The Fleckvieh is a breed of cattle that originated in the Alpine region and is now found on every continent, with an estimated worldwide population of around 40 million.

Legacy genetic optimization, in this case artificial insemination, means male breeding animals can produce more than one hundred thousand offspring. But there is a downside. If the genetic make-up of any animal contains an unidentified defect, this characteristic will be passed on to future generations.
Technische Universitaet Muenchen
 researchers have now discovered that a mutation in the TMEM95 gene on cattle chromosome 19 makes bulls effectively infertile, with a success rate for insemination of less than 2 percent.  

As part of their study, the researchers compared the genome of 40 subfertile animals with 8,000 breeding bulls with normal fertility levels. They discovered that the genetic defect can be traced back to one Fleckvieh animal born in 1966.The TMEM95 gene encodes a protein on the surface of the sperm heads. The protein mediates the binding process between the sperm and egg cells. If it is missing, fertilization will not occur.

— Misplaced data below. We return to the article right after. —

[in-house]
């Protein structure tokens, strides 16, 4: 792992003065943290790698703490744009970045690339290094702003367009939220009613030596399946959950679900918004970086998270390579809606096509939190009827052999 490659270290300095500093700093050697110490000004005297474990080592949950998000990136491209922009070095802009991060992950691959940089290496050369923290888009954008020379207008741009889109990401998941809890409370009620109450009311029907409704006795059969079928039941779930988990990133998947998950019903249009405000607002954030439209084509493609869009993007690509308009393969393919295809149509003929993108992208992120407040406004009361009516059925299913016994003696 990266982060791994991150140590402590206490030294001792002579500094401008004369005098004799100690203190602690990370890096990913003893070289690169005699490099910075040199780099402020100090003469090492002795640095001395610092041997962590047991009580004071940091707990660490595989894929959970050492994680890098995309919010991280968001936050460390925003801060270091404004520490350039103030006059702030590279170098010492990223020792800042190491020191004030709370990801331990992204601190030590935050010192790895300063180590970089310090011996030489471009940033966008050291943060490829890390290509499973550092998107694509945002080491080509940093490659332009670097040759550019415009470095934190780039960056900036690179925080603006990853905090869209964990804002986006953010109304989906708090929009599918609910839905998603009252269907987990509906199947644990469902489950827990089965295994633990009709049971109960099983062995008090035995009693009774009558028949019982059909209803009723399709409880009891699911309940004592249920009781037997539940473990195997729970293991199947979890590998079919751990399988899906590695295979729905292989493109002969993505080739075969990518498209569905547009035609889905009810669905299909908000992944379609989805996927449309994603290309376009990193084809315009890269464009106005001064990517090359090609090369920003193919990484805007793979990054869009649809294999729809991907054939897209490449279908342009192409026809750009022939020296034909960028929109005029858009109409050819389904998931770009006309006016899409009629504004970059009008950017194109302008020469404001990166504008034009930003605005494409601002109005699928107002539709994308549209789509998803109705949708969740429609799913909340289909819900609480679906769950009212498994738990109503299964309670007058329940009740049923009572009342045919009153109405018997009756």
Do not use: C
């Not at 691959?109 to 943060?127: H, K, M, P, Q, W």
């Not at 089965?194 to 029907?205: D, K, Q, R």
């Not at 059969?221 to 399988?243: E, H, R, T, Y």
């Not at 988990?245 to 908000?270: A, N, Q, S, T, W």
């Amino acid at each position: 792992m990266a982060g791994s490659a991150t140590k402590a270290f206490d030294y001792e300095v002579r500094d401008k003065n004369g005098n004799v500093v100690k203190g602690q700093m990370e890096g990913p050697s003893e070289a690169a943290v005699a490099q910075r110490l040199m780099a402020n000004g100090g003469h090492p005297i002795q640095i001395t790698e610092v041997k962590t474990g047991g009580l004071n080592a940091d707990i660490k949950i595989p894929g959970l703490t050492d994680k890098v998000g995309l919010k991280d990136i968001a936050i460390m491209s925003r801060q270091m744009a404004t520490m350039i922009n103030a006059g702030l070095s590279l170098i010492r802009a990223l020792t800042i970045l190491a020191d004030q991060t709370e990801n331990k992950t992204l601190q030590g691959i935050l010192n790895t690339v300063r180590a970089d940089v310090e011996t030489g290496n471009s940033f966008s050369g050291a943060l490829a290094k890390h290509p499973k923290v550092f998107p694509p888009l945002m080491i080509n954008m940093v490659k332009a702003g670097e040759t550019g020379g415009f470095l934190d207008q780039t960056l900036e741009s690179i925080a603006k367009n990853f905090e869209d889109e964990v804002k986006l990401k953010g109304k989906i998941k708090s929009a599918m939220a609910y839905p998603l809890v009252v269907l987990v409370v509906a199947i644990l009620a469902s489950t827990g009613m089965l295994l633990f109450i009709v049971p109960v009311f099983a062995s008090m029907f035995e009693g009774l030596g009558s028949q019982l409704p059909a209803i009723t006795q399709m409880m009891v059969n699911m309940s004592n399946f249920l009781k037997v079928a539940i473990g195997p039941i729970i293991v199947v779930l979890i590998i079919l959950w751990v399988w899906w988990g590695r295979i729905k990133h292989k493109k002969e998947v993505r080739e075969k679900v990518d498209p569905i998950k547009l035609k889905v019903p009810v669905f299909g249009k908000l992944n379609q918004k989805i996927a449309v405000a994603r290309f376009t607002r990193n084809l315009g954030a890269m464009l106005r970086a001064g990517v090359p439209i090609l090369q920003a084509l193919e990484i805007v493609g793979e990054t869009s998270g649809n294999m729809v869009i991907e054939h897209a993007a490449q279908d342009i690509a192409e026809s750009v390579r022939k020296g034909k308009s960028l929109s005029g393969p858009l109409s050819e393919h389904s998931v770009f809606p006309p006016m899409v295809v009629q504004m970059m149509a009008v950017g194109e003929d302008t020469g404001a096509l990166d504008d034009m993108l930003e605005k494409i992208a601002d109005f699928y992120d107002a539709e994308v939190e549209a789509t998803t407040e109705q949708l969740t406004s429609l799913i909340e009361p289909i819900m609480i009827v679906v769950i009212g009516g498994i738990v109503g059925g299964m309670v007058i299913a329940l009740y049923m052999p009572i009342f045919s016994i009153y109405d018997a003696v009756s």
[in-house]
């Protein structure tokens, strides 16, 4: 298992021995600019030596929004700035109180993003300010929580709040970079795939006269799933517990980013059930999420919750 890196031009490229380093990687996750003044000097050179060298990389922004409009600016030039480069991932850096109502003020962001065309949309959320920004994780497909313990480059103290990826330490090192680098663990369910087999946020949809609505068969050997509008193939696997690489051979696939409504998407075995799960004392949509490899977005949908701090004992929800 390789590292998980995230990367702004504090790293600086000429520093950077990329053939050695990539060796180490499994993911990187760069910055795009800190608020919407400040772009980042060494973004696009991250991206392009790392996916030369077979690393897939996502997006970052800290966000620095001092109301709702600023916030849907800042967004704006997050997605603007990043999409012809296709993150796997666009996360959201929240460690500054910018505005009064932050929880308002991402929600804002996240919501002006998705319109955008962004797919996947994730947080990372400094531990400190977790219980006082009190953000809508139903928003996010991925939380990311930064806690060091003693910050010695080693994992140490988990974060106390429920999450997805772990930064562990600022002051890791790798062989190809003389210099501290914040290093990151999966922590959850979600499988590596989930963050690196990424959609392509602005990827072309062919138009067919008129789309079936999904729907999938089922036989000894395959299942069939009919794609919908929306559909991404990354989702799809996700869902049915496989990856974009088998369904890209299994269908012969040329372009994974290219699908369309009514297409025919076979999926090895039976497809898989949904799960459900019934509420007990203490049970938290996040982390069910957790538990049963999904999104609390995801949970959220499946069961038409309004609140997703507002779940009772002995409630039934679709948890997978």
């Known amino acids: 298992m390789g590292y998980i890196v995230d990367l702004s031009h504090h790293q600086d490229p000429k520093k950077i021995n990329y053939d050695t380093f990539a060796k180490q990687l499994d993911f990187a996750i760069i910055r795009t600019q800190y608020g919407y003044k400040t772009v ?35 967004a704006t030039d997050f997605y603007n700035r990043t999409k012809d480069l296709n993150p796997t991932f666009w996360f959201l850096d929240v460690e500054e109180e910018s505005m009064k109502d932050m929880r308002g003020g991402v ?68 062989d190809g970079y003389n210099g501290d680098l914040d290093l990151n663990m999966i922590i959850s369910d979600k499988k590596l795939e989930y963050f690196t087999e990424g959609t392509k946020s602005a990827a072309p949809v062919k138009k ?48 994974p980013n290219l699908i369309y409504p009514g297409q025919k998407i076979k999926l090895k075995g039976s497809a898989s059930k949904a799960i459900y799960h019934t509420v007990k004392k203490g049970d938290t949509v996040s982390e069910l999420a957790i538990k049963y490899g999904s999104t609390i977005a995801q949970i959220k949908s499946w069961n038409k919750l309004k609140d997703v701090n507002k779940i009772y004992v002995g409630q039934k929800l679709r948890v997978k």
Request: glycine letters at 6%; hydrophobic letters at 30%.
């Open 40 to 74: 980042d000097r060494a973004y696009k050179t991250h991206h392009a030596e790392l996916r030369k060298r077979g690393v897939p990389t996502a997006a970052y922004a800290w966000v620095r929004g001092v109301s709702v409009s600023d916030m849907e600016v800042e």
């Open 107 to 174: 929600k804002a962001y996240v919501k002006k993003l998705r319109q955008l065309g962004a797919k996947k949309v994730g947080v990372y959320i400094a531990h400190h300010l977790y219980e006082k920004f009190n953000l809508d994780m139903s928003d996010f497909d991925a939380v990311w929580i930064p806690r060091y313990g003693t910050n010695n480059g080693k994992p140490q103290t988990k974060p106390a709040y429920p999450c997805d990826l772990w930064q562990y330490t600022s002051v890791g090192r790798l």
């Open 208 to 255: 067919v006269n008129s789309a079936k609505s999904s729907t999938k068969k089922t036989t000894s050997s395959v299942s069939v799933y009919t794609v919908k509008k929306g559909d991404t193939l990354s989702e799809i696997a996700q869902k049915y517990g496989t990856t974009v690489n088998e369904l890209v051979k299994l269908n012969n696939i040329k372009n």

"Otherwise, the animals are perfectly healthy and normal,"
says Dr. Hubert Pausch, lead author of the study.
The characteristic only manifests itself if bulls inherit the mutation from both the male and female side, i.e. they are homozygous for the defective gene. It is only in this case that the animals should be excluded from breeding." 

Routine genetic testing for all breeding bulls has been underway since August 2012.

"Our findings indicate that genetic defects in TMEM95 could also cause infertility in men," notes  Pausch. 

The protein TMEM95 is visible on the sperm of fertile bulls with immunolabeling (green in images A and B); it is missing in infertile animals (image C). Photo by Sabine Kölle, LMU

Genetic analysis for healthier animals

Scientists have been systematically studying the cattle genome since 2009. Unlike in humans, a small number of loci explain a large proportion of characteristics. "This allows the genetic profile of breeding bulls to be mapped in detail - and individual weaknesses can be taken into account for breeding," says Pausch.

Prof. Ruedi Fries, Chair of Animal Breeding at TUM, adds, "Genetic analysis highlights the undesirable characteristics and also the diseases that animals pass on. With this knowledge we can not only improve yield and quality but also improve animal health by identifying pathogenic gene variants and ensuring that they are not passed on to future animals."

One example is a genetic defect which causes a blood clotting malfunction in the homozygous state.

In the spotlight: The TMEM95 protein (green) is on the sperm heads of bulls. Without this protein, the animals are infertile. Photo by Sabine Kölle, LMU